By Amy Fischer | August 22, 2017 | People
While on a tour of the Traveling Whisky Emporium, we chatted with Scotch expert and John Dewar & Sons North American Ambassador, Gabe Cardarella, about scotch, Dewar's founder Tommy Dewar, and his love for travel.
Chef Michael Voltaggio (left) shows of a bottle of Dewar's whisky at a celebration with Gabe Cardarella (right).
Amy Fischer: The Traveling Whisky Emporium is a celebration of Dewar's founder Tommy Dewar. What's it been like celebrating his legacy and what are some of the highlights of being part of creating the Traveling Whisky Emporium experience?
Gabe Cardarella: The beautiful thing about working for Dewar’s is its authenticity. What we do today comes from Tommy Dewar, who traveled the world on all different modes of transportation. Our inspiration came through in the form of the Traveling Whisky Emporium. The idea was if you could take a distillery and merge with an actual home that could travel across the country, it'd be exactly what Tommy would have wanted us to build today. A lot of the fun in designing it was taking collaborating with chef Michael Voltaggio, and the best tiny home builders in the country, and seeing everything come to life. The highlight for me was working with the chef and the tiny home builders to come up with what we saw would make Tommy proud.
Since you're currently in Boston, what do you make of our whisky scene?
GC: The Boston whisky scene has always been big and it’s an amazing place for us, as a whisky company, to show up with such a footprint with the Traveling Whisky Emporium and to showcase what makes the production of our whisky so special. It’s an honor to be in such an influential town—not only to meet with industry insiders and to bring the community to this tiny home to share our story, but also to give whisky drinkers a peek at what makes Dewar’s so special as well.
What is the inspiration behind each of these signature cocktails?
GC: Traditionally, most folks think that you must enjoy scotch neat or with just an ice cube—anything beyond that is taboo. We push that envelope, especially during the summer months. It’s August here in Boston, so to drink whisky neat probably wouldn’t be the most refreshing way to enjoy it. We empower local bartenders to put their twists on our liquid and showcase what they can do, but also to complement the season. I feel comfortable serving Dewar’s anytime, but how I approach that is based on the time of the year is important to how I drink my whisky. Dewar’s 12, for example, its already complex. You don’t need a whole lot to make this a special cocktail, but we do like to see what top bartenders will do when traveling to various cities.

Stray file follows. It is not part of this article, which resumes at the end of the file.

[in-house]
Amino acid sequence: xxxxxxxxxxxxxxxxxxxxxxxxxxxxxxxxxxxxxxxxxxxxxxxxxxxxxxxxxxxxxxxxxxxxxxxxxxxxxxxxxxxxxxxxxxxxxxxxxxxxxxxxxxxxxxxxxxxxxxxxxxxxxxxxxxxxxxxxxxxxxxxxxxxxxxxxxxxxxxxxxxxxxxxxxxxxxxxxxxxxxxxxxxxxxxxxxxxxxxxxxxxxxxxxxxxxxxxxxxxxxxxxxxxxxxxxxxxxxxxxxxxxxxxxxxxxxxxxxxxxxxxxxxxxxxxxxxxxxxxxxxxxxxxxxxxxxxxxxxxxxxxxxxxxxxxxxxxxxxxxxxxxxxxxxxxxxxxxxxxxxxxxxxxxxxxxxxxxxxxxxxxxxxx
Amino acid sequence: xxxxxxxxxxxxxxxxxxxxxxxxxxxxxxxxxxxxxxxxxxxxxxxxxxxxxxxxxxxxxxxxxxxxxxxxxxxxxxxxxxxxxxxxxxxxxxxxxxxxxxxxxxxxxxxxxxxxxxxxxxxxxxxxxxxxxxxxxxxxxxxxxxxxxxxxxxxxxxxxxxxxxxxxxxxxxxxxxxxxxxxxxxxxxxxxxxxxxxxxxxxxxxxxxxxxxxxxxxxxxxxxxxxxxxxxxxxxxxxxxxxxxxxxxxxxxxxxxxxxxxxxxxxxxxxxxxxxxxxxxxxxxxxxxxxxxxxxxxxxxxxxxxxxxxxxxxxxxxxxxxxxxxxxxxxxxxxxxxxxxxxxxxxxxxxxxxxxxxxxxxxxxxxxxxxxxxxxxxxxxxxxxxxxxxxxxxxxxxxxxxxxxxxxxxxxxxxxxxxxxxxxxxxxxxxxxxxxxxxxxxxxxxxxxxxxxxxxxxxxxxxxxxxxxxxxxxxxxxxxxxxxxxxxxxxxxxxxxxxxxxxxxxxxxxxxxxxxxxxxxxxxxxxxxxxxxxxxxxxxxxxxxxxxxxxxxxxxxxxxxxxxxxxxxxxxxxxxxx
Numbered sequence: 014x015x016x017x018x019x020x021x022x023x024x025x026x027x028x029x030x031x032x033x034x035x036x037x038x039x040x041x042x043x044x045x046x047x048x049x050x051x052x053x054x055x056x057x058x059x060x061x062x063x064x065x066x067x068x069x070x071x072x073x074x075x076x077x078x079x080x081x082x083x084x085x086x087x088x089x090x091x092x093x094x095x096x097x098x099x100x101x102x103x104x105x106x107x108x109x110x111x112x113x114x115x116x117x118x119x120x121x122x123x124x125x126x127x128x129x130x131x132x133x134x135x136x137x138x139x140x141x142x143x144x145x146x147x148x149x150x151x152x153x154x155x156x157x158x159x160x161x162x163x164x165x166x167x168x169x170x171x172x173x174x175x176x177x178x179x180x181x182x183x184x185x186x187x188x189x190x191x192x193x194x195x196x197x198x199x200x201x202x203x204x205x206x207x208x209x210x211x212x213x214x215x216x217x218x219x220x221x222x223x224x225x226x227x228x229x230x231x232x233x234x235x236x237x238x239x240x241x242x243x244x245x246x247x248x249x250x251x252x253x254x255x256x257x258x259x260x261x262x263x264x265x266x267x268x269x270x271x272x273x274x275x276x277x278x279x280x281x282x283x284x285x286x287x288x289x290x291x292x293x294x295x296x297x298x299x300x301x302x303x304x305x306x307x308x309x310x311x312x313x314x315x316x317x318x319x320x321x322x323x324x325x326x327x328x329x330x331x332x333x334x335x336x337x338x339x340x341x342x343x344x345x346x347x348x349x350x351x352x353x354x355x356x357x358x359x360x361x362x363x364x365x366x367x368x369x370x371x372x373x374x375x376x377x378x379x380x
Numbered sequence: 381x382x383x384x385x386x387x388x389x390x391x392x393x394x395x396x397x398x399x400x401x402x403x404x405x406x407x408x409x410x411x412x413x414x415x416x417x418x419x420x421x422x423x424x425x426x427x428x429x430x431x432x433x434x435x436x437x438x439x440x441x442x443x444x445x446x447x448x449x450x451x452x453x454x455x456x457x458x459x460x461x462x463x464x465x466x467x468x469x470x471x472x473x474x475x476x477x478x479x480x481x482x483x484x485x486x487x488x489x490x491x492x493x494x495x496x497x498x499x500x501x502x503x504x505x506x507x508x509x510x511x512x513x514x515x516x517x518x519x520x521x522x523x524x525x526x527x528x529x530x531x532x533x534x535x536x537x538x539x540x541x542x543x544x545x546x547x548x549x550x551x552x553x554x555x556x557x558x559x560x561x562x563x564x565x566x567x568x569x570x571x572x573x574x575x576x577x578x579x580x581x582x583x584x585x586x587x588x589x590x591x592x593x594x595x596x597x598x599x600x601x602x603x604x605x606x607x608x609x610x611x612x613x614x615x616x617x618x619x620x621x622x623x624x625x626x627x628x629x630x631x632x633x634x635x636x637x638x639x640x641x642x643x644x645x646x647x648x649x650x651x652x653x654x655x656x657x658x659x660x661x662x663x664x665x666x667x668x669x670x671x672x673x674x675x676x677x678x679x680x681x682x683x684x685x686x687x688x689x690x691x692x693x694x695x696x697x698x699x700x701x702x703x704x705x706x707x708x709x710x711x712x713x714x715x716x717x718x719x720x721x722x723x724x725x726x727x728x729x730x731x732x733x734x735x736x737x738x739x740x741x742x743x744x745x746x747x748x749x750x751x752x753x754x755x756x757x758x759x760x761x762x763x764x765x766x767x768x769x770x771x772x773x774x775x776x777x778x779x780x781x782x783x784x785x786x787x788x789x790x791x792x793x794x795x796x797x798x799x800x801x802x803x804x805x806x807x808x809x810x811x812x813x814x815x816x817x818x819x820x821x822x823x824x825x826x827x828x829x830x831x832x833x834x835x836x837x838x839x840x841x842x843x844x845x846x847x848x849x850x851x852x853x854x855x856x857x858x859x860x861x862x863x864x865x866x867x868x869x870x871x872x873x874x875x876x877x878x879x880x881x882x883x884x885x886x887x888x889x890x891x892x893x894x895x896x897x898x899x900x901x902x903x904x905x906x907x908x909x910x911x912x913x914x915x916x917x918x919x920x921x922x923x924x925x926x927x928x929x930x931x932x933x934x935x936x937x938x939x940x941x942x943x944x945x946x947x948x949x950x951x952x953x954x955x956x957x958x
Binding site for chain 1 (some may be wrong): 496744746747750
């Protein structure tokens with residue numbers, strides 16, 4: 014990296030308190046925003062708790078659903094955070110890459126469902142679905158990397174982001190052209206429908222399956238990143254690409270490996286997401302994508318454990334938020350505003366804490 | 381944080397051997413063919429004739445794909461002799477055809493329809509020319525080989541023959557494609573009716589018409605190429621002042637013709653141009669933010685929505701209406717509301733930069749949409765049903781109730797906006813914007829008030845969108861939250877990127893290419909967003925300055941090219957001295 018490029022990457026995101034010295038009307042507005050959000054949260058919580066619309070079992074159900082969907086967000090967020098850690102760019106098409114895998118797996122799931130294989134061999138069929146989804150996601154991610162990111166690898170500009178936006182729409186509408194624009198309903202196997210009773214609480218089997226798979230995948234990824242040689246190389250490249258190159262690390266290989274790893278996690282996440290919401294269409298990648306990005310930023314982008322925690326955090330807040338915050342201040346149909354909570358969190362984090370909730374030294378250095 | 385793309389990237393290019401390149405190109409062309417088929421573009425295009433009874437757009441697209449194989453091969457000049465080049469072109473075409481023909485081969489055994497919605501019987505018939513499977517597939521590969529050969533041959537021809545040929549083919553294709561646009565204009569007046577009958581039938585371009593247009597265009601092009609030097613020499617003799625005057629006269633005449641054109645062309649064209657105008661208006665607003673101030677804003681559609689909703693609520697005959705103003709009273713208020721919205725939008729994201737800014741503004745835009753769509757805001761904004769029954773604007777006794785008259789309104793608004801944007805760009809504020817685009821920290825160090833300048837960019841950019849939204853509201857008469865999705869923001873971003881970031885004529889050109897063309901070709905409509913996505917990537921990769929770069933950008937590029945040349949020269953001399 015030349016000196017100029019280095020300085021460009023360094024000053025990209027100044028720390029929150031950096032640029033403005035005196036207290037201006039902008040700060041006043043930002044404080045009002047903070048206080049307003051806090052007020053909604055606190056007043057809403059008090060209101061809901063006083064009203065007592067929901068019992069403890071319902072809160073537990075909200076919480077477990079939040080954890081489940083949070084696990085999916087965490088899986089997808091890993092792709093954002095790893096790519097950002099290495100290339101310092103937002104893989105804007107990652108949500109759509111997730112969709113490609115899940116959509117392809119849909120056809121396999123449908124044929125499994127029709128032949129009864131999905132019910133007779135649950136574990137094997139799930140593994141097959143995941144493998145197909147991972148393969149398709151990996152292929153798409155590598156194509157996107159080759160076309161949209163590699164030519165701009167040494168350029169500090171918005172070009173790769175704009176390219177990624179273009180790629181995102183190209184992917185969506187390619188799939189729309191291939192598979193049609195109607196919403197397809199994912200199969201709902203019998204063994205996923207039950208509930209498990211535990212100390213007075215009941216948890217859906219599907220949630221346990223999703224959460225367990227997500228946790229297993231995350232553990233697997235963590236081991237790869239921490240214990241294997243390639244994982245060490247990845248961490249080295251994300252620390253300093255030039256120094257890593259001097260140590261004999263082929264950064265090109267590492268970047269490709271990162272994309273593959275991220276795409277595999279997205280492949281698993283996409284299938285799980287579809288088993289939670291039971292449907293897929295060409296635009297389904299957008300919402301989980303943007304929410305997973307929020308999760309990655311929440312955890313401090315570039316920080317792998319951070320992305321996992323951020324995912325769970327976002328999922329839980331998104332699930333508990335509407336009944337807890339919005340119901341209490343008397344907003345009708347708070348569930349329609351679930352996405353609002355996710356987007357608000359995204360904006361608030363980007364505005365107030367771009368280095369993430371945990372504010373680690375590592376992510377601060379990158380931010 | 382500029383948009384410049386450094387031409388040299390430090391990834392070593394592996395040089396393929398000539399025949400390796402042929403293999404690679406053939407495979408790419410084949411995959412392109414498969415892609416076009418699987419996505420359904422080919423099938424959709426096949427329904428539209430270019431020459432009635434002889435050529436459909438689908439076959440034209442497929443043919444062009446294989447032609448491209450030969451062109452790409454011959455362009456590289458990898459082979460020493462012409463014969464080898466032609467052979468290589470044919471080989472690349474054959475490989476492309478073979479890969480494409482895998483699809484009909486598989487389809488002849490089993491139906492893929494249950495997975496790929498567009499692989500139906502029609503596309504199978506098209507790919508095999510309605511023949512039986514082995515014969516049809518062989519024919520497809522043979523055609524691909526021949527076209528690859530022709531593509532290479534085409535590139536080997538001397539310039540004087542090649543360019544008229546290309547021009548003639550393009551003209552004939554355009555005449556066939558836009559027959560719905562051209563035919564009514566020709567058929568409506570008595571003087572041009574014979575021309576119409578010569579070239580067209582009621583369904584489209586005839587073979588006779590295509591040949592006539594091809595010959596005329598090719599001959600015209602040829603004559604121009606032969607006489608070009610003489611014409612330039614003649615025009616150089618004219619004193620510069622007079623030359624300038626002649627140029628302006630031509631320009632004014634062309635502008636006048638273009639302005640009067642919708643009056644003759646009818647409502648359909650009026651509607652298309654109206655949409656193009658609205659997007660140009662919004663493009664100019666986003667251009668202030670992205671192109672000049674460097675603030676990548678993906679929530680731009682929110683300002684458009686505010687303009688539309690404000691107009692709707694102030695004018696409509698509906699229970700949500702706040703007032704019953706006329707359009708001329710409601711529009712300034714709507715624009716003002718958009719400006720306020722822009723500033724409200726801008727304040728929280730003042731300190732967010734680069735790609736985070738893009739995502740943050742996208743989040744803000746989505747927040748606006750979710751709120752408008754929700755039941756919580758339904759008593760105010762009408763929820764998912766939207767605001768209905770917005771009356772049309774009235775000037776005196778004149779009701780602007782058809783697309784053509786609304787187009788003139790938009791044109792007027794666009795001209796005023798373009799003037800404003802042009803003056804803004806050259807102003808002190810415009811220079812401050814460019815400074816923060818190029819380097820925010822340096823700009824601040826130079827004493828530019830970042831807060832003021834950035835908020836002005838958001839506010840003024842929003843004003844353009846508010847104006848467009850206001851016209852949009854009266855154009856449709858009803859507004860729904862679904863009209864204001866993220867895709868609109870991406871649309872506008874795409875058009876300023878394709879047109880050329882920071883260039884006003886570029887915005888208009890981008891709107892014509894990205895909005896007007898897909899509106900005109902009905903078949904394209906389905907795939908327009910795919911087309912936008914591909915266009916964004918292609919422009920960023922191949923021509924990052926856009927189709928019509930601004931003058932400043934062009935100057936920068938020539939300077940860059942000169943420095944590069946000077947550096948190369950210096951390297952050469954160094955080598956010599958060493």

How did you connected with chef Michael Voltaggio to create the Scotch egg recipes tailored to each city you're visiting?
GC: If you look at the way that we produce Dewar’s whiskys, we do things in very long-winded ways, things that we don’t have to do that are very time consuming, but that to us are the standard to making great scotch. We took that and thought, “We need a chef that really appreciates doing things in a unique way.” Voltaggio is no stranger to that, you never know what he is using or how his processes are going to be and he makes his food so well. For us, it made sense to partner with a chef that does things his own special way, because that’s how we make our whisky. He also developed a special Scotch egg for every city we visit, when we were in Chicago, he made a hot dog Scotch egg. He used a ballpark mustard infused with Dewar’s 12—an amazing take. For Boston, we have a traditional Scotch egg, since Boston has a lot of traditions, and a lot of things start here, whether it's culinary or drink. Every Scotch egg that chef Voltaggio creates brings each city to life while showcasing our whisky.
Any behind the scenes stories that you can share with us? Any celebrity visitors to the whisky emporium?
GC: We’ve been lucky enough to have the tiny home featured at various music events across the country. In Chicago, we were at Pitchfork. In Denver, we were at the Underground Music Showcase. I’m a big indie music fan, so I was a little starstruck when Benjamin Booker came into our tiny home and got a Dewar’s Scotch egg. He even went over to the vaporizing machine and enjoyed that. We have a lot of folks come in and out of this thing. They want to come hear the story of Dewar’s and see this tiny home, to see something that they could live in for a year. Most people are saying, “This I could do.”
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